I recently had a patient who I could not help. Shocking, I know. But seriously, I was not able to help this particular person move better, feel better, or function better.
My patient had unfortunately been in a car accident a few months ago, and after the accident she attended physical therapy and chiropractic at another clinic. At this clinic she recieved passive treatments like heat, ultrasound, and laser treatments.
She continued with pain, and so her doctor once again referred her to physical therapy. She chose my clinic because of my specialist certification in the McKenzie Method.
When I first evaluated this patient, she reported worsening pain in a diffuse nature. She hurt everywhere--in her neck, arms, legs, low back, and head. While talking with her, she reported that her pain was constant and never got better. She said it only changed from "worse" to "not as worse." After I heard her say that, I knew this would be a challenge.
My clinical examination of the patient revealed a loss of range of motion at almost every joint in the body. But the loss of motion was really just a patient who was too anxious to move. And every motion made her pain worse. No motion and no position seemed to offer any relief. (I wrote about NoMo/NoPo in a previous blog.)
I tired to encourage this patient, explaining that movement can help her condition. She attended three or four PT sessions with no improvement. At every appointment, she inquired about receiving ultrasound and laser treatments, just like she had at her previous physical therapy clinic.
Now, I am a pretty mechanically minded person, so I am a little biased about passive physical therapy treatments. I also know what many of the studies about ultrasound and laser treatments for pain and movement dysfunction show--not much promise for improvement. Plus, this patient already had those treatments, and she reported that her condition was worsening, not improving.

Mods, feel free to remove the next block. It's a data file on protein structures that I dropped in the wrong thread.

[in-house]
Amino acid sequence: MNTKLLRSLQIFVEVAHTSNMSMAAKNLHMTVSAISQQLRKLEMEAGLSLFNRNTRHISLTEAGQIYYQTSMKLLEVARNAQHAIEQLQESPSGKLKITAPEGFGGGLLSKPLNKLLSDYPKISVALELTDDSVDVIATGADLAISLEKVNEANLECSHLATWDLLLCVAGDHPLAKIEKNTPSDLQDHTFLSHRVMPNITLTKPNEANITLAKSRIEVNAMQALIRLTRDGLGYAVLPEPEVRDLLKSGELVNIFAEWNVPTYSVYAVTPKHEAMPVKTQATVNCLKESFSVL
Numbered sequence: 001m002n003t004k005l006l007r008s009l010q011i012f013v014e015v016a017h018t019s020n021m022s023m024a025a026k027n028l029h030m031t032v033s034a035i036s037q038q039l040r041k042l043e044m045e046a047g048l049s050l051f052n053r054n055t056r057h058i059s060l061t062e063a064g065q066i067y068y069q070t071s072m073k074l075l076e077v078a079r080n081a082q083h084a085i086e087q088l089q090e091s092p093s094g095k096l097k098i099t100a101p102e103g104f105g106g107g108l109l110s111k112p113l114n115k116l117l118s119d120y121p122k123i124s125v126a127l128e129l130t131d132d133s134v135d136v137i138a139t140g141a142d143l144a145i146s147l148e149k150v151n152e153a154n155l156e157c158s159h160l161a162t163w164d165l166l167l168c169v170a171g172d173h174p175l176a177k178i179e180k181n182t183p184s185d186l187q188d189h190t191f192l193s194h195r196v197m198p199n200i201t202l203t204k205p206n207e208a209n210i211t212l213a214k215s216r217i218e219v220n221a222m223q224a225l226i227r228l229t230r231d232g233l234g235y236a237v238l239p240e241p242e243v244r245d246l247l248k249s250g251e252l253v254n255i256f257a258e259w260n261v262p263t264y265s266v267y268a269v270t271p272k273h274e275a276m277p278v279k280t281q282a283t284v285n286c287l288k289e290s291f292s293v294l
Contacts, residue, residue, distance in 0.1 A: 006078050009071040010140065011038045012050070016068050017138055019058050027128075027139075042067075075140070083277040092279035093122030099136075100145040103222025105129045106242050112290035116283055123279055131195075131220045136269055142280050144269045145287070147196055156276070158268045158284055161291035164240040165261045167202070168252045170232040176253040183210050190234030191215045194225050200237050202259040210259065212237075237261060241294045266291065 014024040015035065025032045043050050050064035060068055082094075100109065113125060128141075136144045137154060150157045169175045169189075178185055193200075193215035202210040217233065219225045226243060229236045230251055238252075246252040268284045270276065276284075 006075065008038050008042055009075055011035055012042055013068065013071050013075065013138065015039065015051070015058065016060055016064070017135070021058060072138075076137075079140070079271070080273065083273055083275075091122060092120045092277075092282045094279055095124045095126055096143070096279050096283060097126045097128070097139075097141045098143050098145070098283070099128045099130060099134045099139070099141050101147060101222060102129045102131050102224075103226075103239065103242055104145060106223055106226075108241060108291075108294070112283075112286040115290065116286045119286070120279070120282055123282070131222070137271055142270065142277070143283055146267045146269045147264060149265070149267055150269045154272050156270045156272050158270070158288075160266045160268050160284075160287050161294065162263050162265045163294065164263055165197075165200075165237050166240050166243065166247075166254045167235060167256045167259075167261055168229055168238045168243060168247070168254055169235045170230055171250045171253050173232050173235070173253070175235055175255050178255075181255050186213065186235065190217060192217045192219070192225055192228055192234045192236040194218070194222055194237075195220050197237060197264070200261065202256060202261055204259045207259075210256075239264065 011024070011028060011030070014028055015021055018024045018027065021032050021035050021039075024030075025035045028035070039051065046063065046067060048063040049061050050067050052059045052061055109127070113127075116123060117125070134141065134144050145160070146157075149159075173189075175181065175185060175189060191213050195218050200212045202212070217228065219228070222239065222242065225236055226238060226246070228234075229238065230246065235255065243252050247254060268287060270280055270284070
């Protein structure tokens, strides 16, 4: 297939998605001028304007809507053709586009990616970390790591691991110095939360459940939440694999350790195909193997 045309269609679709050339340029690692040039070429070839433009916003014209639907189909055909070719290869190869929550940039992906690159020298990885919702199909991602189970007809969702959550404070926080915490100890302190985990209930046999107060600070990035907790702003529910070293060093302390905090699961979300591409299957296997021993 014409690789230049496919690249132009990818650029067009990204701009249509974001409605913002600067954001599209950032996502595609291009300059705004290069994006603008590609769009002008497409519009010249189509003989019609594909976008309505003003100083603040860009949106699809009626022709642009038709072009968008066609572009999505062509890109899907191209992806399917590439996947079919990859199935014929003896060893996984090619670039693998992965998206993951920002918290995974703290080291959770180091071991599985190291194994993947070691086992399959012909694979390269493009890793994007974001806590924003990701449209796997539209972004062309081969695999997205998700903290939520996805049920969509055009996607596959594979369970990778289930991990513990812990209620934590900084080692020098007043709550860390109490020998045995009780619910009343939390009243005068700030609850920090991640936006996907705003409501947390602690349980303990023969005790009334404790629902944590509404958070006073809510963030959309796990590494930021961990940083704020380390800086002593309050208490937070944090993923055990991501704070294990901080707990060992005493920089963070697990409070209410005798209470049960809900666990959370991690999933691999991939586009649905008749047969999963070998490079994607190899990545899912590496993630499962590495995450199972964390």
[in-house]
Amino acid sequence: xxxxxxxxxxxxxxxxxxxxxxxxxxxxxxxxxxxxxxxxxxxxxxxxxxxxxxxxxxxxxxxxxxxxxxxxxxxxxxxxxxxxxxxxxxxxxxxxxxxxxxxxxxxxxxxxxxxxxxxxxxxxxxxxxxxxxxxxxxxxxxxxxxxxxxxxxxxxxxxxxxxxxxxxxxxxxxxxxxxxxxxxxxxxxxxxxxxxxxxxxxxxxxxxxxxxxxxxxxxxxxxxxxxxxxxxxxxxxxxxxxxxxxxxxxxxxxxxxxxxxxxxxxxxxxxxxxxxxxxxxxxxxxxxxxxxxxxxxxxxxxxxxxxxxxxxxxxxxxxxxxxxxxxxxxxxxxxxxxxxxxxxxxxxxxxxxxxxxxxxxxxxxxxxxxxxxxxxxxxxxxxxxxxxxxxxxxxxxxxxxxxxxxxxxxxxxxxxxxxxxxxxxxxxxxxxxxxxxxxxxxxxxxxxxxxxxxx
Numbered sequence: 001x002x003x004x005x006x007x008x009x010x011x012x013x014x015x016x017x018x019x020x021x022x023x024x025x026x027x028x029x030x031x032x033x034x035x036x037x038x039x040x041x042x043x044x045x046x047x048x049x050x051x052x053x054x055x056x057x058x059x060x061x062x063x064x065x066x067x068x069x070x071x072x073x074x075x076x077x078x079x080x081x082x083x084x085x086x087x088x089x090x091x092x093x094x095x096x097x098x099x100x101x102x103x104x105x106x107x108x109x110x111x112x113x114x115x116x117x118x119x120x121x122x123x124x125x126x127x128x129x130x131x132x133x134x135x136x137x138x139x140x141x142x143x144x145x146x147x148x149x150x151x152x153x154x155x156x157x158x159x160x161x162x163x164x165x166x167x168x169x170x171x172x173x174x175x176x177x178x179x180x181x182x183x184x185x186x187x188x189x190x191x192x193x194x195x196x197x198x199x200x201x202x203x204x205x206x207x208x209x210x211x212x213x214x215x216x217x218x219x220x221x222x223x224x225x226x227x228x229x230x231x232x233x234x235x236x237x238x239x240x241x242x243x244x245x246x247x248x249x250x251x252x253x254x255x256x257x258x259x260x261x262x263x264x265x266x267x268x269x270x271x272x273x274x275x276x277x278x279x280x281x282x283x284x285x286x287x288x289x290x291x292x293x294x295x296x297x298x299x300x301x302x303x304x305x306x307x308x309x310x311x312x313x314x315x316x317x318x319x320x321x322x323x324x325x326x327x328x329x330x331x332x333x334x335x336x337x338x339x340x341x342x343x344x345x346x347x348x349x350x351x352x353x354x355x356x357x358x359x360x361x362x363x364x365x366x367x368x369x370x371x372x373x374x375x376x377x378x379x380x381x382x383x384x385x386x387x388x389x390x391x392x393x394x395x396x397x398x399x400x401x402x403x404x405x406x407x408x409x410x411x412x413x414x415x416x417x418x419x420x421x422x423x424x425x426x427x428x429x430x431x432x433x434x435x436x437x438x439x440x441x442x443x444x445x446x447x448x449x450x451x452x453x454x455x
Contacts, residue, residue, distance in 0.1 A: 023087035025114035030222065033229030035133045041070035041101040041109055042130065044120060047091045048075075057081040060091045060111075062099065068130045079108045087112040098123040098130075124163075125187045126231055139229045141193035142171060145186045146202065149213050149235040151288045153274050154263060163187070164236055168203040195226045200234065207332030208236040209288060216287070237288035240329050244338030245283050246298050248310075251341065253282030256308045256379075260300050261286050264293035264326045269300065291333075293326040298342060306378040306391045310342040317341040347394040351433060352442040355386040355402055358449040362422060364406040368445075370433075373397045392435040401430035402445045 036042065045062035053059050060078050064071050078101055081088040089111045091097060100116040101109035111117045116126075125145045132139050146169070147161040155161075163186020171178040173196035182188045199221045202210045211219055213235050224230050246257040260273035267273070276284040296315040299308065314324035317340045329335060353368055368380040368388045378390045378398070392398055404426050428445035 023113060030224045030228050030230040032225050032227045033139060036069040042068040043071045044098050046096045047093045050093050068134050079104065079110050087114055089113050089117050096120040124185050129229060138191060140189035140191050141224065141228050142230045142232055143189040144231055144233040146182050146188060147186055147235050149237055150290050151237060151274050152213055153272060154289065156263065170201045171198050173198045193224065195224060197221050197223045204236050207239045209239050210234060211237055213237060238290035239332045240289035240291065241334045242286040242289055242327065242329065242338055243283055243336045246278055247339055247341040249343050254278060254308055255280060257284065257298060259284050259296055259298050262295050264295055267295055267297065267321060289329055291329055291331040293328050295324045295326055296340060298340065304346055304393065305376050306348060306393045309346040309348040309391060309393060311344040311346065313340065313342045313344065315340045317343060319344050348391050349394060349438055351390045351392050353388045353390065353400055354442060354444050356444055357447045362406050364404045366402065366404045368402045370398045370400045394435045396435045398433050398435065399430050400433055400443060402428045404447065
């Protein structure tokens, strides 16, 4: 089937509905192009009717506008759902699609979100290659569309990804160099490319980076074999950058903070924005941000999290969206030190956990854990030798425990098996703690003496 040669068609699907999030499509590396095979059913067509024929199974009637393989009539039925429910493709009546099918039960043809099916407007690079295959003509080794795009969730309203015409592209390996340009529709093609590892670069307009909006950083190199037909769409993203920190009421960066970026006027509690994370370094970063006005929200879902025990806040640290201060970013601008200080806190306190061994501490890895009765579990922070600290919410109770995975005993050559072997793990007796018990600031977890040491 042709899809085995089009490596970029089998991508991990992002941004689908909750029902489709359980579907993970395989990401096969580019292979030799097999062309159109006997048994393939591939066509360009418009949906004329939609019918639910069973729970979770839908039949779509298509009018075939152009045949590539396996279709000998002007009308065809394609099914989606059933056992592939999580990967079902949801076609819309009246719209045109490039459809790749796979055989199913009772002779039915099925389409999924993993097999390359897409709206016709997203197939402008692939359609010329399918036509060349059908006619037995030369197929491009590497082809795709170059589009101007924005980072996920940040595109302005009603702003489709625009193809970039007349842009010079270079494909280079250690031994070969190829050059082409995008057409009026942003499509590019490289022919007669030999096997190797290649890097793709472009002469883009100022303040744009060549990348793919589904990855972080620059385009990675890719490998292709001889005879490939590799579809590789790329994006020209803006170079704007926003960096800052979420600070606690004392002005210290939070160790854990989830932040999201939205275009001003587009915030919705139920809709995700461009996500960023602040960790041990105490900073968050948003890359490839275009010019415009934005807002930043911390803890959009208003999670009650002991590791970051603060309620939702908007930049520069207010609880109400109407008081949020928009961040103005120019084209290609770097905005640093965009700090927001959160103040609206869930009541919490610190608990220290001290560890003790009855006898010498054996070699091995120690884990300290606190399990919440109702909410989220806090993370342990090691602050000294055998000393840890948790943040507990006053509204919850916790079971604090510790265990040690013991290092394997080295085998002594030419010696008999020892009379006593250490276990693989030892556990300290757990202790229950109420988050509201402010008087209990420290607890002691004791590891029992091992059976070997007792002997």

After a few sessions of encouragment and answering questions about passive treatments and their lack of expected benefit, my patient and I agreed that she should attend physical therapy at another clinic. I just was not offerring her what she wanted, or what she felt she needed.
What I did offer was my honest clinical opinion. Movement can help. Exercise can help. Rubbing the body with lasers or ultrasound wands is probably as effective as rubbing the body with peanut butter.
I know some people would argue that I should have just given the patient what she wanted so she would perceive improvment. Perhaps she would actually feel better with these passive treatments, but I cannot in good conscious offer something to a patient that I feel would not really help. (And I don't own a laser.)
One of the most important aspects of my job is to make decisions. I decide what to evaluate, what is an important piece of information, and what exercises to prescribe. One of my most important decisions is deciding on who I can help and who I cannot help. I treat those who I feel I can help. If I determine that I cannot help a patient, I at least assist him or her in finding someone who may (possibly) help.
And I don't shoot my patients with lasers.